With new controls over email marketing and much more due to be with us on 11th December 2003 and official guidance from the Information Commission expected in November, the DMA has kept the pot boiling with its own ‘summary’ of the new rules.
Topic: Digital marketing
Who: The Direct Marketing Association
When: October 2003
The Privacy and Electronic Communications (EC Directive) Regulations implement in the UK the EU Privacy and Electronic Communications Directive. As previously reported on marketinglaw, they significantly change the legal landscape for digital marketers in a host of areas. The new rules come into force on 11 December 2003.
The Information Commission, which is to be the prime enforcer for the new regulations, plans to introduce guidance on the new regulations around mid November 2003. In the meantime, in response to demands for further clarification, the Direct Marketing Association has produced some guidance notes on the new rules, although it will produce further, definitive guidelines in late November or early December, once the Information Commission’s stand-point on the interpretation of the Regulations is clear.
e-mail and SMS marketing
Here we will focus on what the DMA summary has to say about the new rules for e-mail and SMS marketing.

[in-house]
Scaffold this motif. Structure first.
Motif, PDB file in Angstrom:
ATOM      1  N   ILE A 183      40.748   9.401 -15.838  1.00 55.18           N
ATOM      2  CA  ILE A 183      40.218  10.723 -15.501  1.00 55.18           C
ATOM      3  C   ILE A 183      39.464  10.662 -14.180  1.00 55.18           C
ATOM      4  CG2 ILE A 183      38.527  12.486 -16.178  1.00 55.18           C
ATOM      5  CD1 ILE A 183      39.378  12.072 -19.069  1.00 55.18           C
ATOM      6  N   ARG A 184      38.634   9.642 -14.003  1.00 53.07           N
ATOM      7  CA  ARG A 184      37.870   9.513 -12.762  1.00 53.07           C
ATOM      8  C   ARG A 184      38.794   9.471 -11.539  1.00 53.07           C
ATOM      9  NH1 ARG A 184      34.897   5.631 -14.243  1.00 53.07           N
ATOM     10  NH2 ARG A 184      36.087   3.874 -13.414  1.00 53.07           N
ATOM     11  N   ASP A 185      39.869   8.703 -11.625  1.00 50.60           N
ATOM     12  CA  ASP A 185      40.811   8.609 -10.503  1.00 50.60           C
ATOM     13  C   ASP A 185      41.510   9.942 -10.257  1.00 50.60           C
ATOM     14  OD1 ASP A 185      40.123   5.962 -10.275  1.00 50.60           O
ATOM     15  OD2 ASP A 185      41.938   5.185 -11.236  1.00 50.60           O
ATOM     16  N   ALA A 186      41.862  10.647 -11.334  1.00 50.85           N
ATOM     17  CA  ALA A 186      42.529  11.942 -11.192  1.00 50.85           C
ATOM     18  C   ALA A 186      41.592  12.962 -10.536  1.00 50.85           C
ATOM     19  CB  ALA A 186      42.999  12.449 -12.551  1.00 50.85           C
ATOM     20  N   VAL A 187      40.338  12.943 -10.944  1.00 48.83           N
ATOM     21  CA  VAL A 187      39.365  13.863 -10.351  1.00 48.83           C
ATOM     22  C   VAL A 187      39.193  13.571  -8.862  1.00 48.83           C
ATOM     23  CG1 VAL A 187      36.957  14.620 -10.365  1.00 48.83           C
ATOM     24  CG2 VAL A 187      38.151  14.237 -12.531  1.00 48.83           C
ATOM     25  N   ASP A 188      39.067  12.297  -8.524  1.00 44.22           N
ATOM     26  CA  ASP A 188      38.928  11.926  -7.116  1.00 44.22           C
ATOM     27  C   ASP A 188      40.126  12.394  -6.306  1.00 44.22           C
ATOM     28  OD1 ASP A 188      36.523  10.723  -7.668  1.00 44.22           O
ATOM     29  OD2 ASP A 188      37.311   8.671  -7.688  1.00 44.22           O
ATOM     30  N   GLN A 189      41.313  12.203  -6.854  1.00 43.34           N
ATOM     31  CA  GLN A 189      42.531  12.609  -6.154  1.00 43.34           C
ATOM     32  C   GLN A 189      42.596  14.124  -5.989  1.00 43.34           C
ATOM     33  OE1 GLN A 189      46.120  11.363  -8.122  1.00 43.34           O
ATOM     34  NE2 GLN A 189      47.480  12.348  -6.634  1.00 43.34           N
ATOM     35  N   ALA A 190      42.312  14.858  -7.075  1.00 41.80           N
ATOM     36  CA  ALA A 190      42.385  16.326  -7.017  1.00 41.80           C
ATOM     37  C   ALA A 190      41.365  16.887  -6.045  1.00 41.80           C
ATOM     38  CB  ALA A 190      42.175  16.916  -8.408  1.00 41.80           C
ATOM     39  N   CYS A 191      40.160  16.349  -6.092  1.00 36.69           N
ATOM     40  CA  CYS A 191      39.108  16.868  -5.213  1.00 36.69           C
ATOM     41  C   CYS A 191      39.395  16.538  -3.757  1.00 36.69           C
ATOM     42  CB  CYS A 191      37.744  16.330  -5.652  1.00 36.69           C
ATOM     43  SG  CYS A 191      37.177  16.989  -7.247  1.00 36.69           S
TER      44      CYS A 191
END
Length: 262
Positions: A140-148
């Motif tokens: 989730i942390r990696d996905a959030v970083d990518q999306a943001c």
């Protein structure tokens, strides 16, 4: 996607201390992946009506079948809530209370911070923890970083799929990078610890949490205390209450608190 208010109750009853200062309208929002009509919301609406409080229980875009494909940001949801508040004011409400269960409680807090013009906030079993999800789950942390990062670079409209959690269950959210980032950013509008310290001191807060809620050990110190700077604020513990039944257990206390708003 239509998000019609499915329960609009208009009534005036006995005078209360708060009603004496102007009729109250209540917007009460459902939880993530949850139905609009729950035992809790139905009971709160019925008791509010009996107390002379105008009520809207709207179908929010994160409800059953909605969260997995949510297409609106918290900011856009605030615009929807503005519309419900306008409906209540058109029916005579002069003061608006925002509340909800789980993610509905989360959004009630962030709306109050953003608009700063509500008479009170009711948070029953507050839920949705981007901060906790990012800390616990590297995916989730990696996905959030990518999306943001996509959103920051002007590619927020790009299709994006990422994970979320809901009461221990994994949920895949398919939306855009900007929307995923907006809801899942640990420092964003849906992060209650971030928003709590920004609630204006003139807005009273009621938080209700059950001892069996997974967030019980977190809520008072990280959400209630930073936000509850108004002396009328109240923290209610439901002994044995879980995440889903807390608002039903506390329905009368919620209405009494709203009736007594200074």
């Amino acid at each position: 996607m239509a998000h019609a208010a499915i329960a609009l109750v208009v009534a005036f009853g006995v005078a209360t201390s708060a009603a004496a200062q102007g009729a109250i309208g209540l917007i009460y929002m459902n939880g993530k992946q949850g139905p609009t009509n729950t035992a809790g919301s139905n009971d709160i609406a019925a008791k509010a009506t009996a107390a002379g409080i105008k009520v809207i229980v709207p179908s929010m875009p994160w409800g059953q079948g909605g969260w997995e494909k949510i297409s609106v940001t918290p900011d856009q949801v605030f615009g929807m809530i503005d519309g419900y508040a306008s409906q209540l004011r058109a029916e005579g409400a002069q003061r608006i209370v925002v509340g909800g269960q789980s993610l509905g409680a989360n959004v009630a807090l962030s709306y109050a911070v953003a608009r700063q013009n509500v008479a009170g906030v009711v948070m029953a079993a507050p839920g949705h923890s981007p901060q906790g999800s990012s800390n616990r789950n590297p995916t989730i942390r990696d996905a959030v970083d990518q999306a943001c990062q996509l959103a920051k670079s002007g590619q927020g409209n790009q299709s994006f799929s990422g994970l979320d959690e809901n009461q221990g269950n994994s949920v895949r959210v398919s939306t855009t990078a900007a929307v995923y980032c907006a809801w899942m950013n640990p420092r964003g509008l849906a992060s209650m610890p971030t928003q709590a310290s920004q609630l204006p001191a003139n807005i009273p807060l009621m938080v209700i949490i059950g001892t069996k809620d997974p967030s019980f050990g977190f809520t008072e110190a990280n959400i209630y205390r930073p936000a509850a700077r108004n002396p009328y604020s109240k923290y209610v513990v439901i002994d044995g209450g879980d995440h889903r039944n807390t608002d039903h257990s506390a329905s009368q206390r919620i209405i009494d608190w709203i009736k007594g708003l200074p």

One aspect the DMA summary underlines is the need not to disguise or conceal the identity of the person on whose behalf the communication has been sent. If, for example, John Smith Limited outsources to a third party the sending of its e-mail, “John Smith Limited” should in the view of the DMA appear in the “From” box of the e-mail.
The e-mail must also supply a valid address to which the recipient of the e-mail or SMS message may send an unsubscribe request. The Regulations do not make it crystal clear whether simply a postal address is sufficient. However, a postal address is required under the E-commerce Regulations and the DMA’s view is that a company should provide in every e-mail message both a return e-mail address or SMS number AND a postal address where an unsubscribe request can be sent.
On the question of getting customers to subscribe, the DMA reminds us that a person giving “consent” to the use of his data is defined in the 1995 Data Protection Directive as “any freely given, specific and informed indication of his wishes by which he signifies his agreement to personal data relating to him being processed”.
Clearly, therefore, this requires some positive act on the part of the consumer. This means, for example, that if e-mail address or mobile phone number holders want to share that data with third parties (including other companies within their own group) they will have to get their customers to subscribe/opt-in by some positive act.
On the question of the soft “opt-in” exception to full opt-in for existing customers, the DMA reminds us that the e-mail address or mobile number must have been originally obtained in the context of “a sale or negotiations for the sale” of a product or service. Accordingly it is not necessary to show that a sale or purchase was actually concluded, but there does have to have been a “direct relationship” of some kind between the individual and the marketer. For instance, the DMA expresses the view that if an individual has subscribed to a free newsletter via e-mail they would classify as an “existing customer” for the purposes of the Regulations.